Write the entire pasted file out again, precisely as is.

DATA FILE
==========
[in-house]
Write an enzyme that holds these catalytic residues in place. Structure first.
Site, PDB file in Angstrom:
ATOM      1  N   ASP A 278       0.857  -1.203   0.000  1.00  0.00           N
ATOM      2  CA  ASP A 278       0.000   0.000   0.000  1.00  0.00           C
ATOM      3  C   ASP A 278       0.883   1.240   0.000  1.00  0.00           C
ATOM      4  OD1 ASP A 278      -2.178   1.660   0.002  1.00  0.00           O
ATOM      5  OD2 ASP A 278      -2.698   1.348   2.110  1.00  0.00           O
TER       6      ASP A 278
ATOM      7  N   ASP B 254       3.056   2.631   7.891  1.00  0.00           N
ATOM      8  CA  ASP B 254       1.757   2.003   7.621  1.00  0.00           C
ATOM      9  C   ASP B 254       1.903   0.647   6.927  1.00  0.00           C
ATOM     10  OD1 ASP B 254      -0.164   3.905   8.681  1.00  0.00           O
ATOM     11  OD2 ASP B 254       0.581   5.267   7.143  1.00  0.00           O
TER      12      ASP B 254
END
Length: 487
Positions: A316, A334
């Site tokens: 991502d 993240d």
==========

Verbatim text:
[in-house]
Write an enzyme that holds these catalytic residues in place. Structure first.
Site, PDB file in Angstrom:
ATOM      1  N   ASP A 278       0.857  -1.203   0.000  1.00  0.00           N
ATOM      2  CA  ASP A 278       0.000   0.000   0.000  1.00  0.00           C
ATOM      3  C   ASP A 278       0.883   1.240   0.000  1.00  0.00           C
ATOM      4  OD1 ASP A 278      -2.178   1.660   0.002  1.00  0.00           O
ATOM      5  OD2 ASP A 278      -2.698   1.348   2.110  1.00  0.00           O
TER       6      ASP A 278
ATOM      7  N   ASP B 254       3.056   2.631   7.891  1.00  0.00           N
ATOM      8  CA  ASP B 254       1.757   2.003   7.621  1.00  0.00           C
ATOM      9  C   ASP B 254       1.903   0.647   6.927  1.00  0.00           C
ATOM     10  OD1 ASP B 254      -0.164   3.905   8.681  1.00  0.00           O
ATOM     11  OD2 ASP B 254       0.581   5.267   7.143  1.00  0.00           O
TER      12      ASP B 254
END
Length: 487
Positions: A316, A334
């Site tokens: 991502d 993240d």